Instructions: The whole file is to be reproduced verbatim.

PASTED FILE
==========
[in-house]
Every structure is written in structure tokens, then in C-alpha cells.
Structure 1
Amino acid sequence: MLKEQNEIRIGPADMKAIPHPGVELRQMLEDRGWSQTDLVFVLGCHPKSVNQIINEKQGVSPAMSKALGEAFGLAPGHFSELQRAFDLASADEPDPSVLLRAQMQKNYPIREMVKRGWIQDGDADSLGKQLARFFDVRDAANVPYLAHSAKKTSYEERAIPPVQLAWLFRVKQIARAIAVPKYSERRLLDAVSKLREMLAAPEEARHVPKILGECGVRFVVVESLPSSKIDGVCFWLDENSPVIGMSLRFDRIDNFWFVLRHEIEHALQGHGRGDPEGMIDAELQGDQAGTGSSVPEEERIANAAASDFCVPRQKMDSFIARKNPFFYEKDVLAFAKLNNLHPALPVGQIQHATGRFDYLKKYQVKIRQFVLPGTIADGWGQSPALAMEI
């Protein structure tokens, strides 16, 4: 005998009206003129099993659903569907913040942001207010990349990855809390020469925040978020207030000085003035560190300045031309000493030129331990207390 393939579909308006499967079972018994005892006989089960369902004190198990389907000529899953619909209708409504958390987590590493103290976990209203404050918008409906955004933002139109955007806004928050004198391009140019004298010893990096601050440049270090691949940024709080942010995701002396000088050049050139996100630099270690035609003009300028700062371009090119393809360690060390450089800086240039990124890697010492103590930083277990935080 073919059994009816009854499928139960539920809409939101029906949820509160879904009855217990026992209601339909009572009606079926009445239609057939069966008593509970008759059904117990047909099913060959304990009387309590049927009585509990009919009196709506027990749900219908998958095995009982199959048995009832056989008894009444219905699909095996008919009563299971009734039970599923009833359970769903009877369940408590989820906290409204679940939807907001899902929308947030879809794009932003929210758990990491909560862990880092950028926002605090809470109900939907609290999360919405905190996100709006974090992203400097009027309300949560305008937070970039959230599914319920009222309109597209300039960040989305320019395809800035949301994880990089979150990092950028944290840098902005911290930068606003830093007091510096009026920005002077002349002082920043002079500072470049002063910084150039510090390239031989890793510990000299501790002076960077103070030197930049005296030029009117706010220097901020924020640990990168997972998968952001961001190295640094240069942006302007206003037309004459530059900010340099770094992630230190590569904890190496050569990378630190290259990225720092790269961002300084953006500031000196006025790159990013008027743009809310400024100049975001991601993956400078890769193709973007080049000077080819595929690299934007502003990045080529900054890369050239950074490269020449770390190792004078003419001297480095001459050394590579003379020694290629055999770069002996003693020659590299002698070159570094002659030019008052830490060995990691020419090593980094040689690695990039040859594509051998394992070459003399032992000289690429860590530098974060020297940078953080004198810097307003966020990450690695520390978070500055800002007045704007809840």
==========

[in-house]
Every structure is written in structure tokens, then in C-alpha cells.
Structure 1
Amino acid sequence: MLKEQNEIRIGPADMKAIPHPGVELRQMLEDRGWSQTDLVFVLGCHPKSVNQIINEKQGVSPAMSKALGEAFGLAPGHFSELQRAFDLASADEPDPSVLLRAQMQKNYPIREMVKRGWIQDGDADSLGKQLARFFDVRDAANVPYLAHSAKKTSYEERAIPPVQLAWLFRVKQIARAIAVPKYSERRLLDAVSKLREMLAAPEEARHVPKILGECGVRFVVVESLPSSKIDGVCFWLDENSPVIGMSLRFDRIDNFWFVLRHEIEHALQGHGRGDPEGMIDAELQGDQAGTGSSVPEEERIANAAASDFCVPRQKMDSFIARKNPFFYEKDVLAFAKLNNLHPALPVGQIQHATGRFDYLKKYQVKIRQFVLPGTIADGWGQSPALAMEI
């Protein structure tokens, strides 16, 4: 005998009206003129099993659903569907913040942001207010990349990855809390020469925040978020207030000085003035560190300045031309000493030129331990207390 393939579909308006499967079972018994005892006989089960369902004190198990389907000529899953619909209708409504958390987590590493103290976990209203404050918008409906955004933002139109955007806004928050004198391009140019004298010893990096601050440049270090691949940024709080942010995701002396000088050049050139996100630099270690035609003009300028700062371009090119393809360690060390450089800086240039990124890697010492103590930083277990935080 073919059994009816009854499928139960539920809409939101029906949820509160879904009855217990026992209601339909009572009606079926009445239609057939069966008593509970008759059904117990047909099913060959304990009387309590049927009585509990009919009196709506027990749900219908998958095995009982199959048995009832056989008894009444219905699909095996008919009563299971009734039970599923009833359970769903009877369940408590989820906290409204679940939807907001899902929308947030879809794009932003929210758990990491909560862990880092950028926002605090809470109900939907609290999360919405905190996100709006974090992203400097009027309300949560305008937070970039959230599914319920009222309109597209300039960040989305320019395809800035949301994880990089979150990092950028944290840098902005911290930068606003830093007091510096009026920005002077002349002082920043002079500072470049002063910084150039510090390239031989890793510990000299501790002076960077103070030197930049005296030029009117706010220097901020924020640990990168997972998968952001961001190295640094240069942006302007206003037309004459530059900010340099770094992630230190590569904890190496050569990378630190290259990225720092790269961002300084953006500031000196006025790159990013008027743009809310400024100049975001991601993956400078890769193709973007080049000077080819595929690299934007502003990045080529900054890369050239950074490269020449770390190792004078003419001297480095001459050394590579003379020694290629055999770069002996003693020659590299002698070159570094002659030019008052830490060995990691020419090593980094040689690695990039040859594509051998394992070459003399032992000289690429860590530098974060020297940078953080004198810097307003966020990450690695520390978070500055800002007045704007809840």